Ozone Damage to Vegetable Plants


Tender vegetable leaves and fruit are susceptible to ozone damage through the tiny openings in leaves called stomata. Stomata help the plant to breathe, take in sunlight and create food through the photosynthesis process. These normal processes are negatively influenced by the chemical pollutants in ozone gases. Vegetables exhibit various symptoms of ozone damage according to their levels of exposure and stage of growth.


Ozone is a colorless, odorless reactive gas made up of three oxygen atoms. It acts as a beneficial sunscreen at high levels in the atmosphere and as a poisonous pollutant at ground levels. It is created by the action of sunlight on the products of fuel combustion. Plants are exposed as a result of traffic and factory activities. Human and plant life are adversely affected by high ozone levels in the air.


According to the University of Delaware extension website, vegetable plants are affected when ozone levels are "over 80 ppb (parts per billion) for four or five consecutive hours, or 70 ppb for a day or two when vegetable foliage is at a susceptible stage of growth." Ozone is carried from areas of high concentration to nearby vegetable fields. High traffic areas and humid, cloudy conditions both contribute to the potential for ozone damage. Cities with high ozone rates grow more damaged vegetable crops.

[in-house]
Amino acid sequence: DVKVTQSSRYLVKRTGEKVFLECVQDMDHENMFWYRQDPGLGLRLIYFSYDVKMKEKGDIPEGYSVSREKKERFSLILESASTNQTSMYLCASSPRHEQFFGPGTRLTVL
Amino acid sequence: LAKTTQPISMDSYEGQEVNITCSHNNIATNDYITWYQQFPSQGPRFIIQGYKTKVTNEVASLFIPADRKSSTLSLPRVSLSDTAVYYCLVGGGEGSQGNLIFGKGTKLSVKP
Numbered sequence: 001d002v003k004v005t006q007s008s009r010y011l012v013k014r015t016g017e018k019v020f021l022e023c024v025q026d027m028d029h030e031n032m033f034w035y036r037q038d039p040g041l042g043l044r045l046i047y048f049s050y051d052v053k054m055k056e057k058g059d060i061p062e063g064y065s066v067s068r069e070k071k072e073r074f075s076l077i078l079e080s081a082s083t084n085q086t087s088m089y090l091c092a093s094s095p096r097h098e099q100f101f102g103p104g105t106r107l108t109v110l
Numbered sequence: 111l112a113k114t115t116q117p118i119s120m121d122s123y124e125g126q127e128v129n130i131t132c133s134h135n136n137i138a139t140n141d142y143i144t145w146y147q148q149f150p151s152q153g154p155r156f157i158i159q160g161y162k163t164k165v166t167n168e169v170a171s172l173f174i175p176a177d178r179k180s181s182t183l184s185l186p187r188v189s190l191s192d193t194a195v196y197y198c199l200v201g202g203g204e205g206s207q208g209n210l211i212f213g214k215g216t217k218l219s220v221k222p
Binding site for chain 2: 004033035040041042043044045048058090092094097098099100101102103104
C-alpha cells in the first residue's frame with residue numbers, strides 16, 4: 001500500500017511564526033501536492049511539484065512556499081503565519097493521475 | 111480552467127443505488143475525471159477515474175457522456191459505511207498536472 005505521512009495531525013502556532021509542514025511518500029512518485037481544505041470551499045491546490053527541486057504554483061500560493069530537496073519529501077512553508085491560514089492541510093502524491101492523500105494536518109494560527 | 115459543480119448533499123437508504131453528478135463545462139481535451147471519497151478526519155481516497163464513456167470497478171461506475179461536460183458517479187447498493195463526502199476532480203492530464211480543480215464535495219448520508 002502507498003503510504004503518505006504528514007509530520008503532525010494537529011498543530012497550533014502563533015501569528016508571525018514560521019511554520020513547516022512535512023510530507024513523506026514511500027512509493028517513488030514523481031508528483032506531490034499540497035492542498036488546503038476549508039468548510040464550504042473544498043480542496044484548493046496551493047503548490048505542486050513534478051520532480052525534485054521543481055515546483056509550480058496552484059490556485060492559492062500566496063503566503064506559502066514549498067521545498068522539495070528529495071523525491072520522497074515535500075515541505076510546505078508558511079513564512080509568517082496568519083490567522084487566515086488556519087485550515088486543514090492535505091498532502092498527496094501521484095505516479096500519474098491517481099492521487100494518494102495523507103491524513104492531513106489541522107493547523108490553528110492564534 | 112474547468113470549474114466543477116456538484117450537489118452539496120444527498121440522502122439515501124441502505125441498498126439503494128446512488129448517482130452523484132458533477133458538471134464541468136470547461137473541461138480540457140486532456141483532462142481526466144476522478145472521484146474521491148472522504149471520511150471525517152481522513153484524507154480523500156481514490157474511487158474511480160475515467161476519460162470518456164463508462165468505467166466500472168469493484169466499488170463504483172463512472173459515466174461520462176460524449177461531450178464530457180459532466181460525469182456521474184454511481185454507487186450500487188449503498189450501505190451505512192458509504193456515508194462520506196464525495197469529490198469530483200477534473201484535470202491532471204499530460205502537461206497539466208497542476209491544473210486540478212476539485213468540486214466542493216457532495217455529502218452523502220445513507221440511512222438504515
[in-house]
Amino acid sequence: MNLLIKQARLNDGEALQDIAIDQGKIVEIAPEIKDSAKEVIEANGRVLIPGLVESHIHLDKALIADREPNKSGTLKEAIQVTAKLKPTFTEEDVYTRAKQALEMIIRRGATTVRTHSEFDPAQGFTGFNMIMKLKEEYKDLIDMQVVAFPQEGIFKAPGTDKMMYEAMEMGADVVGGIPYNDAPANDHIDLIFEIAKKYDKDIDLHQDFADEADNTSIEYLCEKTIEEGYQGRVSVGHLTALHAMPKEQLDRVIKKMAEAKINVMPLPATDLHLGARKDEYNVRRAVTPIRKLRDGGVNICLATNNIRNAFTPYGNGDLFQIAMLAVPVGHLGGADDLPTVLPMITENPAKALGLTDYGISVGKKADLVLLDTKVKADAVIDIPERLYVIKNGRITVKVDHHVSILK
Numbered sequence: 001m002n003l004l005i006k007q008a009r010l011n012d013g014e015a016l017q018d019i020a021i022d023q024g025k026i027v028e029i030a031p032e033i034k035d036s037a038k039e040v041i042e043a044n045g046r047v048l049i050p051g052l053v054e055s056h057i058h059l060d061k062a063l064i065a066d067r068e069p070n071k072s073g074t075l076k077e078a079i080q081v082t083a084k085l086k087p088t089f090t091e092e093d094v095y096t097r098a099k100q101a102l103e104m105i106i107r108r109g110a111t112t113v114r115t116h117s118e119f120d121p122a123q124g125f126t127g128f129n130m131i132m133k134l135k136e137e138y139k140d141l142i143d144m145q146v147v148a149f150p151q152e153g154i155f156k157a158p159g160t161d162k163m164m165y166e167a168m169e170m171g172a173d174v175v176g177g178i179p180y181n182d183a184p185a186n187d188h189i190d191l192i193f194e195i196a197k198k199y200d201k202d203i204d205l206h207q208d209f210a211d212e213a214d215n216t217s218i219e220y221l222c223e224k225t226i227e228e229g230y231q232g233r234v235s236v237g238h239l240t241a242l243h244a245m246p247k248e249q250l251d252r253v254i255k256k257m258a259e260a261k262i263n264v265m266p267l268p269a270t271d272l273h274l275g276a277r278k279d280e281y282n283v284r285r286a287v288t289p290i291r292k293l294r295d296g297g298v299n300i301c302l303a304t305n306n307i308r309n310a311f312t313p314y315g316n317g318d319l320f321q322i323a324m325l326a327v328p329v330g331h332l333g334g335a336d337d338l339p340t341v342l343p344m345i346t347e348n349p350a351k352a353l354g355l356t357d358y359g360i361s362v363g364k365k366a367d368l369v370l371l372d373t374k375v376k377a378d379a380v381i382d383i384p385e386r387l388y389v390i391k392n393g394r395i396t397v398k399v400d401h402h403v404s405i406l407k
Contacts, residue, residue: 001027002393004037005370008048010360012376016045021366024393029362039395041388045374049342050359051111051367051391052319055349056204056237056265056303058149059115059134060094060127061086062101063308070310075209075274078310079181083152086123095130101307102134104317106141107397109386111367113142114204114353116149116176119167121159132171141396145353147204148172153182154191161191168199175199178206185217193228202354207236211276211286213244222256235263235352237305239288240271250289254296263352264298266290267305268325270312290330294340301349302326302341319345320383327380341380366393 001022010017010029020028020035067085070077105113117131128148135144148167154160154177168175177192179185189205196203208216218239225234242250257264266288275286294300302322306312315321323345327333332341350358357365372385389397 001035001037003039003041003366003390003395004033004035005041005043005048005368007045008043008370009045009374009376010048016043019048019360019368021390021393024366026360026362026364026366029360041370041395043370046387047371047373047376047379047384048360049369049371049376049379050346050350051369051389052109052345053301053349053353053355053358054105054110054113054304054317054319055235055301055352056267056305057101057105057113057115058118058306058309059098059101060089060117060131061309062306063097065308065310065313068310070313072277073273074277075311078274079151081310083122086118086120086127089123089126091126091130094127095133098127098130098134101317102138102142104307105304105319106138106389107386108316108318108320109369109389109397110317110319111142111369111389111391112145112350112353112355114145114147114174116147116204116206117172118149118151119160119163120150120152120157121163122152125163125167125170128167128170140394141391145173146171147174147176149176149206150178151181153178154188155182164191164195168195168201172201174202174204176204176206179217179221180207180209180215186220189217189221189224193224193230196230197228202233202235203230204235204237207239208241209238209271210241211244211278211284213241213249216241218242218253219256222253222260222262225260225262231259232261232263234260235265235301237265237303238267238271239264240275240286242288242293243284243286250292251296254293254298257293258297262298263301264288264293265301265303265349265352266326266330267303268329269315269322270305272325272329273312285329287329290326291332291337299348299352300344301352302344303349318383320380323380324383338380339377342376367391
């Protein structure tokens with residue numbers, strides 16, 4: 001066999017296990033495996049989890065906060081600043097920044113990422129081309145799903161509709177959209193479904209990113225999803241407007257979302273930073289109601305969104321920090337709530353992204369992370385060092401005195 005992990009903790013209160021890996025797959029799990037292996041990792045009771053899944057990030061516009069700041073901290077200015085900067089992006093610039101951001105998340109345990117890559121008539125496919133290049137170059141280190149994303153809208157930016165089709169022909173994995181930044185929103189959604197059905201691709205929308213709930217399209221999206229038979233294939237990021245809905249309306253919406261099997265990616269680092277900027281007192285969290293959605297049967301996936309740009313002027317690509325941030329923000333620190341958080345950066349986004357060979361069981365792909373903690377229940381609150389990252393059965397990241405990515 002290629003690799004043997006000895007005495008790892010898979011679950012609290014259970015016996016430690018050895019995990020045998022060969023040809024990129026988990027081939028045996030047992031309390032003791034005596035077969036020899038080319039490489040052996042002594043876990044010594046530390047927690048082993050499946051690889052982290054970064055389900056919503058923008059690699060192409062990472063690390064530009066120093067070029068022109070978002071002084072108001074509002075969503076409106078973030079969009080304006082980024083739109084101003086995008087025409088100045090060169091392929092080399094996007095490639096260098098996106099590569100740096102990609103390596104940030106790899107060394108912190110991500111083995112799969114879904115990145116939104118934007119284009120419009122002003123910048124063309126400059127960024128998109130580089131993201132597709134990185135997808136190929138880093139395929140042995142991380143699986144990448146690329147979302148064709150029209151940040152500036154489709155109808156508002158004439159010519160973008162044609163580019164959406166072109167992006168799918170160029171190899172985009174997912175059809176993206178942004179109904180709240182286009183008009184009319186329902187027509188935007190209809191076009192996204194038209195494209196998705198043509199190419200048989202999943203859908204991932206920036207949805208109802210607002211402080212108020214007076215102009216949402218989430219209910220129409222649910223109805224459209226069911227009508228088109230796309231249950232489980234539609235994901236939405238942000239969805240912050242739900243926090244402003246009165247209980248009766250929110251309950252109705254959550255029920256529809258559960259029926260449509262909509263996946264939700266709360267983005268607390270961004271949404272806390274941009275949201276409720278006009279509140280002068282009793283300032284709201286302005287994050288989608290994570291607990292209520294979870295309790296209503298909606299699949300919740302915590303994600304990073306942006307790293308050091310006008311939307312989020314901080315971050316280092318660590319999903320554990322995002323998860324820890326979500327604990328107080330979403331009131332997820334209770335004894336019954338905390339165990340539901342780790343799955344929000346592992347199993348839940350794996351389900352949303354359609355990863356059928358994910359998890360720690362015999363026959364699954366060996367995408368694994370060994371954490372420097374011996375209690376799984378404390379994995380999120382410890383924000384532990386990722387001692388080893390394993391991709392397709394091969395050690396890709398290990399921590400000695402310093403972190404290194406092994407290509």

Symptoms of ozone damage on potato plants vary, but are often black flecking or bronze spots on leaves. Symptoms vary according to the stage of growth. Potatoes show ozone damage in most-recently emerged leaves. They are most susceptible during the period when the potatoes underground are bulking.


Watermelons develop premature yellowing (chlorosis) that becomes brown and black on white spots. On cantaloupe and other melons ozone damage shows as yellow and then white on upper leaves first. Seedless variety watermelon tend to be more resistant to ozone damage than seeded varieties. Squash and pumpkin show the same pattern of damage, but their veins often remain green.


Ozone damage in snap and lima beans causes small bleached spots with a bronze appearance on upper leaf surfaces and pods. The leaves may turn yellow and fall off eventually with high exposure levels. Plants may also set fewer blossoms and beans. Antioxidants and ethylene diurea have been tested and shown some promise as protection against ozone damage.

Keywords: ozone damage, vegetable diseases, air pollution damage

About this Author

Joan Norton, M.A., is a licensed psychotherapist and professional writer in the field of women's spirituality. She blogs and has two published books on the subject of Mary Magdalene; "14 Steps To Awaken The Sacred Feminine:Women in the Circle of Mary Magdalene," and "The Mary Magdalene Within."